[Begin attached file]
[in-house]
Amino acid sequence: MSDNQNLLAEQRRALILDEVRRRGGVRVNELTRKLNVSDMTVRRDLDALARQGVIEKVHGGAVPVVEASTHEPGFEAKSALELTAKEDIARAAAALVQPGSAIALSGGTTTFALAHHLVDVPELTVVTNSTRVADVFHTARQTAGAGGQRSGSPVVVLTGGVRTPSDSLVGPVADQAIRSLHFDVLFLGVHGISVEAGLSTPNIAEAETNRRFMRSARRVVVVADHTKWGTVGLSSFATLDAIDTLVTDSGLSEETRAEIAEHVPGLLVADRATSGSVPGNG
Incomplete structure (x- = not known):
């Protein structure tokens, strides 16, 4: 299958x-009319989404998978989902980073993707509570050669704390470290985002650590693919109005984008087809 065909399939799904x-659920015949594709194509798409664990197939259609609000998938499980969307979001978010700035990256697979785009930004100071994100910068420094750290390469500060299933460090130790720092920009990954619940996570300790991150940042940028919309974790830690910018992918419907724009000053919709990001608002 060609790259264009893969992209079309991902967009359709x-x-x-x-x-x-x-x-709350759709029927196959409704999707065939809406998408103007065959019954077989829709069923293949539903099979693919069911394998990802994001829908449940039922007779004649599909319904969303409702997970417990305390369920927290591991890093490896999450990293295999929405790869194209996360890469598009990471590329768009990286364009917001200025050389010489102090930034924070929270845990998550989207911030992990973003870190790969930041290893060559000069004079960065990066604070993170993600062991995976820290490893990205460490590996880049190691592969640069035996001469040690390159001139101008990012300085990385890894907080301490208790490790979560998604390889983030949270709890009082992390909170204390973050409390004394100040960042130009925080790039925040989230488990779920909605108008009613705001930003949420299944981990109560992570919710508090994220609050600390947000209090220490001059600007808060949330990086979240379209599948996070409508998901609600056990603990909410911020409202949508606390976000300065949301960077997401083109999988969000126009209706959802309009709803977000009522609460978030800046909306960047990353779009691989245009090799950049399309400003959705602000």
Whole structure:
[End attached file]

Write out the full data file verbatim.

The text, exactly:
[in-house]
Amino acid sequence: MSDNQNLLAEQRRALILDEVRRRGGVRVNELTRKLNVSDMTVRRDLDALARQGVIEKVHGGAVPVVEASTHEPGFEAKSALELTAKEDIARAAAALVQPGSAIALSGGTTTFALAHHLVDVPELTVVTNSTRVADVFHTARQTAGAGGQRSGSPVVVLTGGVRTPSDSLVGPVADQAIRSLHFDVLFLGVHGISVEAGLSTPNIAEAETNRRFMRSARRVVVVADHTKWGTVGLSSFATLDAIDTLVTDSGLSEETRAEIAEHVPGLLVADRATSGSVPGNG
Incomplete structure (x- = not known):
């Protein structure tokens, strides 16, 4: 299958x-009319989404998978989902980073993707509570050669704390470290985002650590693919109005984008087809 065909399939799904x-659920015949594709194509798409664990197939259609609000998938499980969307979001978010700035990256697979785009930004100071994100910068420094750290390469500060299933460090130790720092920009990954619940996570300790991150940042940028919309974790830690910018992918419907724009000053919709990001608002 060609790259264009893969992209079309991902967009359709x-x-x-x-x-x-x-x-709350759709029927196959409704999707065939809406998408103007065959019954077989829709069923293949539903099979693919069911394998990802994001829908449940039922007779004649599909319904969303409702997970417990305390369920927290591991890093490896999450990293295999929405790869194209996360890469598009990471590329768009990286364009917001200025050389010489102090930034924070929270845990998550989207911030992990973003870190790969930041290893060559000069004079960065990066604070993170993600062991995976820290490893990205460490590996880049190691592969640069035996001469040690390159001139101008990012300085990385890894907080301490208790490790979560998604390889983030949270709890009082992390909170204390973050409390004394100040960042130009925080790039925040989230488990779920909605108008009613705001930003949420299944981990109560992570919710508090994220609050600390947000209090220490001059600007808060949330990086979240379209599948996070409508998901609600056990603990909410911020409202949508606390976000300065949301960077997401083109999988969000126009209706959802309009709803977000009522609460978030800046909306960047990353779009691989245009090799950049399309400003959705602000």
Whole structure: